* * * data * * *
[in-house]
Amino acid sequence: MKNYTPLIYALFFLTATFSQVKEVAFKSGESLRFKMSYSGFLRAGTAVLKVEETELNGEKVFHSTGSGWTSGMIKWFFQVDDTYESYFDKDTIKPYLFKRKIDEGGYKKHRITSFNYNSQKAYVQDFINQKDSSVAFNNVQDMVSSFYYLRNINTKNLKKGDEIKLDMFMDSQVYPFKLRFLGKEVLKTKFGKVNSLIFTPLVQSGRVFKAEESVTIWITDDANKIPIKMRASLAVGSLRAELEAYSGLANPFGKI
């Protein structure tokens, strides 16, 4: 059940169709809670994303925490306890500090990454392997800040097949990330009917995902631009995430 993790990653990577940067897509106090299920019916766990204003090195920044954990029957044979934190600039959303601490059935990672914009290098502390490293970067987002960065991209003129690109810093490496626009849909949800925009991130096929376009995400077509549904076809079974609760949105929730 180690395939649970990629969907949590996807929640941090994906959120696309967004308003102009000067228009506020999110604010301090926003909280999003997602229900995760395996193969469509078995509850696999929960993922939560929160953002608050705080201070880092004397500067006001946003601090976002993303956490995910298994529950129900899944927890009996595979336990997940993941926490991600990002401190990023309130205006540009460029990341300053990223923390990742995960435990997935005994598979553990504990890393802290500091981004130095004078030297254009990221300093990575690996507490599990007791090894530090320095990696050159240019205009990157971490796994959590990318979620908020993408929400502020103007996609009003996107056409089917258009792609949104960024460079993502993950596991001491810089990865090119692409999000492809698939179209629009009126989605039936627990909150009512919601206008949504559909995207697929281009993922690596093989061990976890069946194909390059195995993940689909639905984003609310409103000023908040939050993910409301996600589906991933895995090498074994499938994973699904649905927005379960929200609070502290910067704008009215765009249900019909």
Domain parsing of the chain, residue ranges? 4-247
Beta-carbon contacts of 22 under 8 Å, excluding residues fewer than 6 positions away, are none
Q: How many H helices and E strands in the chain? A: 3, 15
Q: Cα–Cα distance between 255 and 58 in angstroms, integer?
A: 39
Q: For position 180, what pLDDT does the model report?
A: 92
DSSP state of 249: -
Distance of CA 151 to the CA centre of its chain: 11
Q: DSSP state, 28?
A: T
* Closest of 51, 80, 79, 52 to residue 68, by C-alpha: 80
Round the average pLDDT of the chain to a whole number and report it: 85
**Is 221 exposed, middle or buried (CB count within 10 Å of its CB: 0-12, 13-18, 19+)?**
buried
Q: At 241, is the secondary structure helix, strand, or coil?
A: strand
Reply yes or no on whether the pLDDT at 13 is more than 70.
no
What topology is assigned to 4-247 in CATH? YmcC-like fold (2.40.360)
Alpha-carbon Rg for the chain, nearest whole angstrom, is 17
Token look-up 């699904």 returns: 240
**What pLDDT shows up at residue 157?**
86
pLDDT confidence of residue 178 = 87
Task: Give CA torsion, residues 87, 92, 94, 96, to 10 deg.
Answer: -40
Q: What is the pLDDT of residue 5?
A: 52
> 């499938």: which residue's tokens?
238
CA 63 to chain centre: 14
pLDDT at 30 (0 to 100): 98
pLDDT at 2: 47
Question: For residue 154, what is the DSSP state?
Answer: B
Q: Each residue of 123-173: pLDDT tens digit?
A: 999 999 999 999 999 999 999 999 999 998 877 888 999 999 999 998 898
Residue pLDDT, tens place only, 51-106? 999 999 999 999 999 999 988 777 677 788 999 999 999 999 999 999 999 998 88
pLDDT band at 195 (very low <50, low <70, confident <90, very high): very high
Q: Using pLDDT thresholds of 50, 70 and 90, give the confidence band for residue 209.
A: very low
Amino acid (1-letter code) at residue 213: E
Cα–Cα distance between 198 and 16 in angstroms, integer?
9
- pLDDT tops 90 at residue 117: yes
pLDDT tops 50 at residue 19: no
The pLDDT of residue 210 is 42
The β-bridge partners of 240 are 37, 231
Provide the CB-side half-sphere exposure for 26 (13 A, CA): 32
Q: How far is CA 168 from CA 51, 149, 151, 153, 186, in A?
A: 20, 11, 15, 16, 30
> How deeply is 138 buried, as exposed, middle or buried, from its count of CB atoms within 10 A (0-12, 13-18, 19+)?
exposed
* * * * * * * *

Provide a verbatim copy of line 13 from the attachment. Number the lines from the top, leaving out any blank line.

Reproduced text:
Q: DSSP state, 28?